United we stand?
A few weekends ago, at the Museum of the City of New York, we watched an interesting video about the history of New York City. It ended with 9/11 and a rousing affirmation of our national unity. At the same time the far right wing of the Republican Party had shut down the US government and was threatening to make our government unable to pay its bills. Some unity.
The whole episode makes very clear that our political system is based on conflict, on overpowering one's opponents. Politics, in our democracy, has something in common with games and a lot in common with warfare.
Games have rules. These rules determine what are legitimate moves in the game and what sorts of actions are banned. Most sports allow a considerable amount of violence but there are definite limits to it, set by the rules of the game, and the rules are enforced by the umpires.
The same is true of war but here there are no umpires. Enforcing the rules, especially eliminating the use of certain kinds of weapons is therefore a much more complex undertaking. The many years of diplomatic and political pressures on Iran serve the purpose of limiting the number of countries possessing atomic weapons, in the hope of banning future uses of them. The imminent threat of bombing Syria similarly had to do with the desire to eliminate the use of chemical weapons from warfare. Syrian transgression of that rule needed to be punished in order to keep the rules in force.
Politics is like warfare except that bodily violence is banned. Not everyone observes that rule – several doctors performing abortions have been murdered in acts of political violence, so have several presidents, and leaders like Martin Luther King and Malcolm X. There is a great deal more political violence in dictatorships and in times of revolutionary conflict. But everyone, I think, agrees in principle that physical violence does not have a place in politics.
Politics therefore has its own methods for resolving conflicts. By and large the political process consists of enforcing compromises on those members of the society less powerful than one's own group, as well as accepting compromises enforced on us by those more powerful. If the search and pressure for compromise fails, we are accustomed to take a vote and the majority wins. Instead of hauling out our six shooters, or today more probably our machine guns, we take a vote and settle the conflict in that way. The rules of our political system say that once a law as been voted in, and once it has passed muster of the Supreme Court, the law stands and the discussion has come to an end. It can of course be reopened at a later date and then we go through the whole process again.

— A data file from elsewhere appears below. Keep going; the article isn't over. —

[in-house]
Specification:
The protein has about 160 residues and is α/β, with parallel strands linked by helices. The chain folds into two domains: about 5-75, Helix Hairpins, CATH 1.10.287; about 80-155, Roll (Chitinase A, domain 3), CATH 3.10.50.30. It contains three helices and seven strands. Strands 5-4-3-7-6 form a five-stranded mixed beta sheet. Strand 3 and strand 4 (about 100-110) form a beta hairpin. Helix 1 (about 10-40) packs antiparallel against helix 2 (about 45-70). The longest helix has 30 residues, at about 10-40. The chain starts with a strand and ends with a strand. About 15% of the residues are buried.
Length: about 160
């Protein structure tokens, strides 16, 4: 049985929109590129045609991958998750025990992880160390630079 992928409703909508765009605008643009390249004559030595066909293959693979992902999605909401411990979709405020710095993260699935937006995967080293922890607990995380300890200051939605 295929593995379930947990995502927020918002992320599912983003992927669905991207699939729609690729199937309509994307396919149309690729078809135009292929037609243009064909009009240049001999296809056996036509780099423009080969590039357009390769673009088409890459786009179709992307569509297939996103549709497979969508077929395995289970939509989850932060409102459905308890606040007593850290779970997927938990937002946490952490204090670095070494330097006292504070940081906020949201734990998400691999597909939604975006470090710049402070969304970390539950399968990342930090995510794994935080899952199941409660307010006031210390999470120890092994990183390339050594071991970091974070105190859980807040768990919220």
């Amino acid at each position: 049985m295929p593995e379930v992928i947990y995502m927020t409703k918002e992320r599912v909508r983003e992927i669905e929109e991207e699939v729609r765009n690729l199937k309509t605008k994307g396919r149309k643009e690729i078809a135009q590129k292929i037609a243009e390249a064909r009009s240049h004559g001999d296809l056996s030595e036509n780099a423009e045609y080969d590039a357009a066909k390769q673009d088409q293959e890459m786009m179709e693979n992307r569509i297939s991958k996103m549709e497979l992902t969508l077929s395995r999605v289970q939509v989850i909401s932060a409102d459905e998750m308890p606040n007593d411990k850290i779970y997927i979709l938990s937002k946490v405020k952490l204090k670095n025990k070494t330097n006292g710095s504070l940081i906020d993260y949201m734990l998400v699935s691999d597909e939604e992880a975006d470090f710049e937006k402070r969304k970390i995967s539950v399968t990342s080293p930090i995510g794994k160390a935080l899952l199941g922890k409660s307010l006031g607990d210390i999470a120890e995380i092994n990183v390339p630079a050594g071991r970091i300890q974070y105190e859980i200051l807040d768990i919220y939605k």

The recent government shut-down and a possible repeat early next year arose because the far right is violating the rules by trying to enforce a compromise after the vote has been taken and the court has spoken. That is clearly improper behavior but it is not that uncommon.
This is very familiar and would not need repeating, were it not for the other story we tell ourselves about how we stand united, are "one nation indivisible." We all pledge allegiance to the same flag; we sing the same national anthem, possibly with tears in our eyes, and a hand on our heart. But that, the current impasse shows, is pure pretense. We are anything but united. Our country consists of different teams whose conflicts are as bitter as can be, often on the edge of violence, barely controlled by rules that are violated again and again.
What unites us, if anything, is hatred and distrust for other groups. Most Americans have their favored groups of fellow citizens whom they would like to exile to a different country or at least deprive of citizenship rights. As the condition of the country worsens, so does the level of animosity between groups.
Please remove your "United we Stand" bumper stickers from your cars.